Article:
And when President Barack Hussein Obama took to the microphone, he quoted a Psalm about the nation of Israel having been tested by fire and by water.

The stage craft of one of the world's great institutions of higher learning told the story under bright lights – in stereo and in high definition video images – and no one came away from the ceremonies with anything other than a profound respect for what took place a few minutes after 7 pm on April 17, 2013, an event that took place 66 years after what is considered the world's worst industrial accident, the ammonium nitrate blast at Texas City on April 18, 1947.

Aside from taking the lives of 405 identified and 63 unidentified persons, the explosion that occurred when 3,300 tons of ammonium nitrate exploded and set off chain reactions at the Monsanto Chemical Co. and the Union Carbide plant, set new precedent in federal law.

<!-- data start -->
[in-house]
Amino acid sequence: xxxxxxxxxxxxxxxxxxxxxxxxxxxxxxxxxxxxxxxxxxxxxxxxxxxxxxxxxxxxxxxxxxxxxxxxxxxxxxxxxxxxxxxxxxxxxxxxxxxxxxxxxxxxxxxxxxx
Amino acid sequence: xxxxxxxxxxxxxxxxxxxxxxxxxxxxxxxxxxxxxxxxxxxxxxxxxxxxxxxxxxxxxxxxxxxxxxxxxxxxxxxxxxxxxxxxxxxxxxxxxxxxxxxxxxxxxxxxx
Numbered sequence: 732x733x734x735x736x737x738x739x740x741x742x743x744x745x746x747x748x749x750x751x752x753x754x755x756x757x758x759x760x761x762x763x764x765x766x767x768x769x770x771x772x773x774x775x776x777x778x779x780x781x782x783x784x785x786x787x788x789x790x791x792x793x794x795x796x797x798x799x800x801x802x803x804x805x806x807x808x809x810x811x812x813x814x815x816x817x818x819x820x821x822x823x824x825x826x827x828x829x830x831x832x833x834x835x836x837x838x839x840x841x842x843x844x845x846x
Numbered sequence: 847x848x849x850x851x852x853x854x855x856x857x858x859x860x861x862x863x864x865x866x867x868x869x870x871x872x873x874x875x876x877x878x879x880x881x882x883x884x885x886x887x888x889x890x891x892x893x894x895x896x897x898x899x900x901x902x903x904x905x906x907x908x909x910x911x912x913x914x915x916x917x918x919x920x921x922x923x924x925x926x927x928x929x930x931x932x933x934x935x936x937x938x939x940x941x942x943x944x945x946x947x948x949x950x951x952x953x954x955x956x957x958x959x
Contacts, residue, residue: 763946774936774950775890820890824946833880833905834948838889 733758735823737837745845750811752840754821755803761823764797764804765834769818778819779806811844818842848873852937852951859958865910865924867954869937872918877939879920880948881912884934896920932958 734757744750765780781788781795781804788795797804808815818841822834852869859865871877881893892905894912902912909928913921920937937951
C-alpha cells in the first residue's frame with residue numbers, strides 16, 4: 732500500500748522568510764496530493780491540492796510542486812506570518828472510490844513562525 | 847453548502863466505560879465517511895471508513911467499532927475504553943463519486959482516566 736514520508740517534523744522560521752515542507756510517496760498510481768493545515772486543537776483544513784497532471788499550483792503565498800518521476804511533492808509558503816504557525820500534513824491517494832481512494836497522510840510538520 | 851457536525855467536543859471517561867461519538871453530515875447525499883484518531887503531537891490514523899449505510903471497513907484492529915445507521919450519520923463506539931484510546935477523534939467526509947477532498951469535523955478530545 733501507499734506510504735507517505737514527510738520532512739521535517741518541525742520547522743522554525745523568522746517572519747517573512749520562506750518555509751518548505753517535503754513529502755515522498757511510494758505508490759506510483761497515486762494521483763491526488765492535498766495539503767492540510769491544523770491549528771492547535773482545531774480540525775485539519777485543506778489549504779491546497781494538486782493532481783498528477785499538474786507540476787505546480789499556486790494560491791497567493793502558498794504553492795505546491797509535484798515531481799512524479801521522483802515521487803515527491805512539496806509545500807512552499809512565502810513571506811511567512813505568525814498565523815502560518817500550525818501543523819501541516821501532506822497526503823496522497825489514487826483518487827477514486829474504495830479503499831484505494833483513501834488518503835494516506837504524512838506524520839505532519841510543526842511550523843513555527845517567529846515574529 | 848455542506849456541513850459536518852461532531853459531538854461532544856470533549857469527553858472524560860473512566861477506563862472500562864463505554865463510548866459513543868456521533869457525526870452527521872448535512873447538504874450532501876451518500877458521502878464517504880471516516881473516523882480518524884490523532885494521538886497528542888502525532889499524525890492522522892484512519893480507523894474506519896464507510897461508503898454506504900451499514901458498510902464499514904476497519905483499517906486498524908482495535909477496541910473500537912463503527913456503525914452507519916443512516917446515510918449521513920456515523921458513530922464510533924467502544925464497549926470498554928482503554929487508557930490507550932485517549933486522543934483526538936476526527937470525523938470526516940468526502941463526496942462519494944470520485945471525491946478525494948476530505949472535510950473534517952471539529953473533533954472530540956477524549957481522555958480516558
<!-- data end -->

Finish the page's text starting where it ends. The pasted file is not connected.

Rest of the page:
There were 5,000 injuries, and half that number of hospitalizations.

In 300 wrongful death and property damage cases combined and heard by the U.S. Supreme Court as Dalehite v. U.S. (346 U.S. 15), the very basic nature of the interpretation of the Federal Torts Act was forever altered to include government culpability due to regulation as to the production quotas of ammonium nitrate set by the War Production Office during World War Two, and carried forward post-war.

The government continued to require the production at war time quota levels due to a need for fertilizer in Europe and Japan.

Excessive moisture figured in both disasters, moisture that led to heat and the resulting rapid ignition of a fuel and air resulting first in fire, and then in a violent explosion.

At quitting time on Thursday, April 17, 2013, the most trusted man in Central Texas broadcast meteorology, Rusty Garrett of KWTX Channel 10, told viewers to get ready for a very strong northwest wind followed by violent thundershowers and a marked drop in temperature accompanying a cold front within the next couple of hours.